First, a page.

Delivered by Gabriel Latner
March 22, 2011
UN WATCH: Mr. President, UN Watch is committed to the fight against discrimination. Many today have invoked the Durban Declaration. Notwithstanding our well-known objections to several parts of this text, we believe that those who call for its implementation ought to be held accountable to its legitimate requirements.
Therefore, we wish to address the declaration’s express prohibition, set forth in Article 2, against discrimination based on “political or other opinion.” Regrettably, this egregious form of discrimination, which often targets pro-democracy advocates, is widespread.
Let us consider a few examples, from around the globe.
In Saudi Arabia, there is gross and systematic discrimination against those who publicly display political dissent. When a peaceful protest was recently planned in Riyadh, the government pre-emptively crushed it by flooding the city with security forces, and warned protesters that they would be lashed and imprisoned.
In Cuba, there is gross and systematic discrimination against pro-democracy dissidents. In 2003, 75 such victims were arrested in the notorious Black Spring crackdown. While the government recently offered to release the 52 still behind bars, this was conditioned on the prisoners’ accepting exile—to risk never seeing their families again. The trial today of Néstor Rodríguez Lobaina, another victim of such discrimination, underscores the ongoing intolerance for pro-democracy voices.
PRESIDENT: Sorry to interrupt—we have a point of order from Cuba. Cuba, you have the floor.
CUBA: Thank you Mr President, I asked for the floor for a point of order to ask you to request the speaker to confine himself to the debate we are engaged in. This is general debate on the subject of racism and has nothing to do with situations which are not related to this topic. One should use items such as Agenda Item 4 to address these issues. I will not allow this speaker to refer to this type of issue at this stage. Thank you.
PRESIDENT: Thank you, I give the floor to the United States.
UNITED STATES: We request that the NGO be allowed to speak and fulfil its time.
PRESIDENT: Our topic is Item 9: “Racism, racial discrimination, xenophobia, related forms of intolerance and follow up to the Durban Declaration and Program of Action.” So I request the speaker to confine his remarks to the topic of this agenda item. And reference may be made to certain situations—but only as an example. And I urge that the speaker again confine himself to the agenda item.
UN WATCH: Thank you, Mr. President. In reference to Article 2 of the Durban Declaration and Program of Action (DDPA):
In China, there has been gross and systematic discrimination against heroic democracy activists like Wang Bingzhang, who is serving a life sentence in a Chinese prison, in solitary confinement.
As it happens, all of these countries are members of this Council. As such, they are obliged, under Article 9 of UNGA Resolution 60/251, to uphold the highest standards in the promotion and protection of human rights.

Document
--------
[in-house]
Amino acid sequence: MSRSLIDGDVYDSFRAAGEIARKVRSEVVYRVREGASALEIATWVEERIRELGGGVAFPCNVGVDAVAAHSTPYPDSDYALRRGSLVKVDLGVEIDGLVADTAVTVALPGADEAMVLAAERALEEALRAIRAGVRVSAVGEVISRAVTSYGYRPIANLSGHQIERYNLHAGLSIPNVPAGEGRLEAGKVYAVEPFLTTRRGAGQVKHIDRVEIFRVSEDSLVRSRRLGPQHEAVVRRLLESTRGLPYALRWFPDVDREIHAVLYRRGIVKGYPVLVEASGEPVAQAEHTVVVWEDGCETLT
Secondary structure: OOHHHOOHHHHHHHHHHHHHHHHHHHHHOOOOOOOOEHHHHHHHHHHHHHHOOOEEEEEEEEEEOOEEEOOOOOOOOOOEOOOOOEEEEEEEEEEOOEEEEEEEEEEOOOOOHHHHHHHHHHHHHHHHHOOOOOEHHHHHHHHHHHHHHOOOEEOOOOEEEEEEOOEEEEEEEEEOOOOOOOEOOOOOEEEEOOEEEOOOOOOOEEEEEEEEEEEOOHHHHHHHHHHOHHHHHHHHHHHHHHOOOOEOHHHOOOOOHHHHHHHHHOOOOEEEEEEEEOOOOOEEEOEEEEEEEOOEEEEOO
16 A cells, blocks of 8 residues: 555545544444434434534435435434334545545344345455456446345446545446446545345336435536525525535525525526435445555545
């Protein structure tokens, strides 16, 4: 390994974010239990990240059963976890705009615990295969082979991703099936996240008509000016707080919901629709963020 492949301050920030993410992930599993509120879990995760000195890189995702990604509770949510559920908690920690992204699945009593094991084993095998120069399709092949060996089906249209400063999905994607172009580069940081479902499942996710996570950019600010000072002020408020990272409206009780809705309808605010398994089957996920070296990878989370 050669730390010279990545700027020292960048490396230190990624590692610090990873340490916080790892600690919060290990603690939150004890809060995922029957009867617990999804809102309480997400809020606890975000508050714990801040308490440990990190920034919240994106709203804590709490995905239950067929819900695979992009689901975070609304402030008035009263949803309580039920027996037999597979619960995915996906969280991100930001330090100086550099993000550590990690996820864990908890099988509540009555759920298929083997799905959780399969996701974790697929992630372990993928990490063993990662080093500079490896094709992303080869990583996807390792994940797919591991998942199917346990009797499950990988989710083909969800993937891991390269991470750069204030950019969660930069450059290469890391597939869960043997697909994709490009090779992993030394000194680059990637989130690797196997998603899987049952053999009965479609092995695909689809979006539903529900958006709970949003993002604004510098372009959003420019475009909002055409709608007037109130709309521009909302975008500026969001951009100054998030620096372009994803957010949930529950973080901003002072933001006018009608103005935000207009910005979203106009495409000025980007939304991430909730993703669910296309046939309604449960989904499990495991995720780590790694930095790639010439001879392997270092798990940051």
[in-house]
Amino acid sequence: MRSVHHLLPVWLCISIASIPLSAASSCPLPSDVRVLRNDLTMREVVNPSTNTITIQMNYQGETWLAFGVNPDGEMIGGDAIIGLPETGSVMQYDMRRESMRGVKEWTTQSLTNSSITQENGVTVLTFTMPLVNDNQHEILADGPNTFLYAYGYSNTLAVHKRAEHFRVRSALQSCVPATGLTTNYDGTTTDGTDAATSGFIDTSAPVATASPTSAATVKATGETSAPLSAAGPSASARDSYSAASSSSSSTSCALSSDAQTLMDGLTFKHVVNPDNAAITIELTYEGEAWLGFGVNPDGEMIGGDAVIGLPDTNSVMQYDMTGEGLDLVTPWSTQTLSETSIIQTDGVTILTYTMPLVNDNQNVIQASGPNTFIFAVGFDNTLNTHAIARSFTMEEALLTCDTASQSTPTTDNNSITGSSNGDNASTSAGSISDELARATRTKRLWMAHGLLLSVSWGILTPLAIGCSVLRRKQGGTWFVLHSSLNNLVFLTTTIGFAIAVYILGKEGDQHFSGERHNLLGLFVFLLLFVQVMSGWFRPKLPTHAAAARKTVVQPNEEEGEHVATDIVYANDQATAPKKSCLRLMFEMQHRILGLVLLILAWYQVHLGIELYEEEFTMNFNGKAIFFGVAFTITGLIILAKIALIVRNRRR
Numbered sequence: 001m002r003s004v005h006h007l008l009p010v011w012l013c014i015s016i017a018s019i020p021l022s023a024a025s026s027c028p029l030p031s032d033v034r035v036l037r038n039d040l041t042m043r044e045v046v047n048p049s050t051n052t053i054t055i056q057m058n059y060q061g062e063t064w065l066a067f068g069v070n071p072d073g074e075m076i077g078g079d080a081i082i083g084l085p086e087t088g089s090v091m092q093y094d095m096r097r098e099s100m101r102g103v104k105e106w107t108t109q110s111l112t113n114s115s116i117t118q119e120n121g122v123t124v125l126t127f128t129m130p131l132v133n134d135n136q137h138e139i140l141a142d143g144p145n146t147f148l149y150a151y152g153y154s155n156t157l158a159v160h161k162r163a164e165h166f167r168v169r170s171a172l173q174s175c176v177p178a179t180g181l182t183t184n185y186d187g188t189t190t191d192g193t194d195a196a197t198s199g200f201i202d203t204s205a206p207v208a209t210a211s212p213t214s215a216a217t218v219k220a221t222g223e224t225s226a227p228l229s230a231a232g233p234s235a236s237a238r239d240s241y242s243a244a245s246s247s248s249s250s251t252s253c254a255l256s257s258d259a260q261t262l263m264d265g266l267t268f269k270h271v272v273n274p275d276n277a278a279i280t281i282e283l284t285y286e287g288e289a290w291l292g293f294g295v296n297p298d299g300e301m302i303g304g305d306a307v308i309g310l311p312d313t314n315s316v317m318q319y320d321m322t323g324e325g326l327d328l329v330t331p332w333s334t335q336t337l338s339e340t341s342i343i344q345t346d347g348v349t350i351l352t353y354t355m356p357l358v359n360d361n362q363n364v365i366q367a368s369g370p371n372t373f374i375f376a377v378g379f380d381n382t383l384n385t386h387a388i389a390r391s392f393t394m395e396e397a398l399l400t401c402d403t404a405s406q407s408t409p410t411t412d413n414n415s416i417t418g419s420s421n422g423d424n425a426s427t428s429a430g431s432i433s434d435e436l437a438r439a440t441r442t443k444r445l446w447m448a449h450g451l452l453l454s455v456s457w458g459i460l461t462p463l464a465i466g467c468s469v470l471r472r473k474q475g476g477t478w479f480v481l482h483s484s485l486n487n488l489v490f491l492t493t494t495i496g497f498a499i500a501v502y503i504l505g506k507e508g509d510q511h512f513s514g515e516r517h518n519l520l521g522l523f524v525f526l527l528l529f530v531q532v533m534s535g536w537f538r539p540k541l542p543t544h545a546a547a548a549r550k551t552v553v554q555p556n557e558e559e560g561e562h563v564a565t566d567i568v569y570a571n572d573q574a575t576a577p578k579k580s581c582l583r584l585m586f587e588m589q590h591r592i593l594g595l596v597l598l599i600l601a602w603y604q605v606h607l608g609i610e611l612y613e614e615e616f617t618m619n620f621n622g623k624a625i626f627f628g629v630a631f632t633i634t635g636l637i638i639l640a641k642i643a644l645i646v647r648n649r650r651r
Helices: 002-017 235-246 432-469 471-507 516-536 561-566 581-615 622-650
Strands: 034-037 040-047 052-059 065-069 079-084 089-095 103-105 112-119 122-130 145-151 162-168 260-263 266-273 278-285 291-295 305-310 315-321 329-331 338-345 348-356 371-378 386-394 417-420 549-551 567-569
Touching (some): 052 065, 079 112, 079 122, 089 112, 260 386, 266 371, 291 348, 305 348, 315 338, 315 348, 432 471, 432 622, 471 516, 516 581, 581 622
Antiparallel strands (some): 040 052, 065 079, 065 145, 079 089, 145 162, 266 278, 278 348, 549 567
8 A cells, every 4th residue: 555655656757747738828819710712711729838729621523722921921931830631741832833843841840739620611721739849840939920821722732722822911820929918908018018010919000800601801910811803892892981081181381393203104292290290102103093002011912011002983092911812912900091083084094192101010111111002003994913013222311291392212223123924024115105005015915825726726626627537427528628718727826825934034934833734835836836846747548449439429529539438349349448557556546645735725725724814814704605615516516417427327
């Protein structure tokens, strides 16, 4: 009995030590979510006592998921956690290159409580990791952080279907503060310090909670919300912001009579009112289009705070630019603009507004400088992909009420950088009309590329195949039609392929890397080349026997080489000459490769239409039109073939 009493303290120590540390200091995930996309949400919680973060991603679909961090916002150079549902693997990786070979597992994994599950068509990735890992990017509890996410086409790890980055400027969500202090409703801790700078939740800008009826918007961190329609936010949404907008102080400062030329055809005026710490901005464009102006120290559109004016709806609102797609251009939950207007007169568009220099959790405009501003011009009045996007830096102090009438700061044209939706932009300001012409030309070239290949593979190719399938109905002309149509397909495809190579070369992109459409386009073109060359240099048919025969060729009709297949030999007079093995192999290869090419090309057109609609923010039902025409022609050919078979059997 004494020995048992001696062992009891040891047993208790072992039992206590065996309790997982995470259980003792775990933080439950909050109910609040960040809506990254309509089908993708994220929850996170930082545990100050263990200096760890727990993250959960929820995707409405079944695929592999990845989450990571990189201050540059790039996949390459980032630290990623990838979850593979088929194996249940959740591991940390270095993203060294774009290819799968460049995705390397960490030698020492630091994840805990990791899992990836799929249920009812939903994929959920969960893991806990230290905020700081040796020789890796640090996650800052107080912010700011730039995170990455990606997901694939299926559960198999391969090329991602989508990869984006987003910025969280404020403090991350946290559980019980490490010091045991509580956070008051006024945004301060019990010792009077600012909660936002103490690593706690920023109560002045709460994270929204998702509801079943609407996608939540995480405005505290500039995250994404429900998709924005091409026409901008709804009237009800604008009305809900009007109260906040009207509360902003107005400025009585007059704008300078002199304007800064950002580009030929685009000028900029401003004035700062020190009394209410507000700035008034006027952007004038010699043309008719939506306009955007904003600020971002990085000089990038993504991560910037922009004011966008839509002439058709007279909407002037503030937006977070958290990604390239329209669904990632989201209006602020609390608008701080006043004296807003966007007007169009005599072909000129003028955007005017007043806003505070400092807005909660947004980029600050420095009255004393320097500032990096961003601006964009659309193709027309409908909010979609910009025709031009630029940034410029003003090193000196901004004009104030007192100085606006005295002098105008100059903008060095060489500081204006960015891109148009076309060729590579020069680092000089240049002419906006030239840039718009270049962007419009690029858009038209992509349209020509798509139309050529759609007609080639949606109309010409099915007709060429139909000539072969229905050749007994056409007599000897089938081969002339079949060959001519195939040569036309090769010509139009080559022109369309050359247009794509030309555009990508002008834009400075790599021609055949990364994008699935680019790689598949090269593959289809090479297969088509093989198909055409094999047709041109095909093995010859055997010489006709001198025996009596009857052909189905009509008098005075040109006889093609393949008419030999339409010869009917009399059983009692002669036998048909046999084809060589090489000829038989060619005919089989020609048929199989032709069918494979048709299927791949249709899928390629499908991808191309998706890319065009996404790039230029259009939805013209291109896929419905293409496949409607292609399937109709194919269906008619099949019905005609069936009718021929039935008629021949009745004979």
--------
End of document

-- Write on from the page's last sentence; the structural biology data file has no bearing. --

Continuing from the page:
Under this same resolution and under the Unite Nations Charter the principle of non-discrimination applies not only to countries, but also to this Council.
In this regard, we recall that Article 8 mandates the suspension of member states which commit gross and systematic violations of human rights. Three weeks ago, acting under this provision, the Council rightly suspended Libya. At the same time, we fear that observers may ask: Does not the failure to apply the same sanction to China, Cuba, and Saudi Arabia constitute selective prosecution?
Mr. President, if this Council asks the nations of the world to practice non-discrimination, should it not lead by example? Thank you, Mr. President.
PRESIDENT: Sorry—we have a point of order. Cuba.
CUBA: Thank you, Mr President. I ask you to withdraw the floor from that speaker because he continues to be outside the agenda, you should address the item on the agenda.
PRESIDENT: I believe that when you talk about discrimination, this is, it must be based under the Durban Declaration and Program of Action. But it does not apply to discrimination as you referred to, in the context of the (Human Rights) Council. So that part will have to be taken out. I give you the floor to conclude your remarks.
UNITED NATIONS WATCH: Thank you, Mr President.
PRESIDENT: Sorry—I give the floor to China first.
CHINA: Thank you, Mr President. I agree to what was said by my Cuban colleague on the point of order, on the procedural matter. United Nations Watch’s remarks have gone out the remit of discussion under Agenda Item 9. Therefore, I request, Mr President, to terminate his right of speaking, because the remarks do not belong to the scope our discussion under this agenda item.
PRESIDENT: I already gave my ruling on this item, so I urge that you conclude your remarks now.
UNITED NATIONS WATCH: Thank you, Mr President.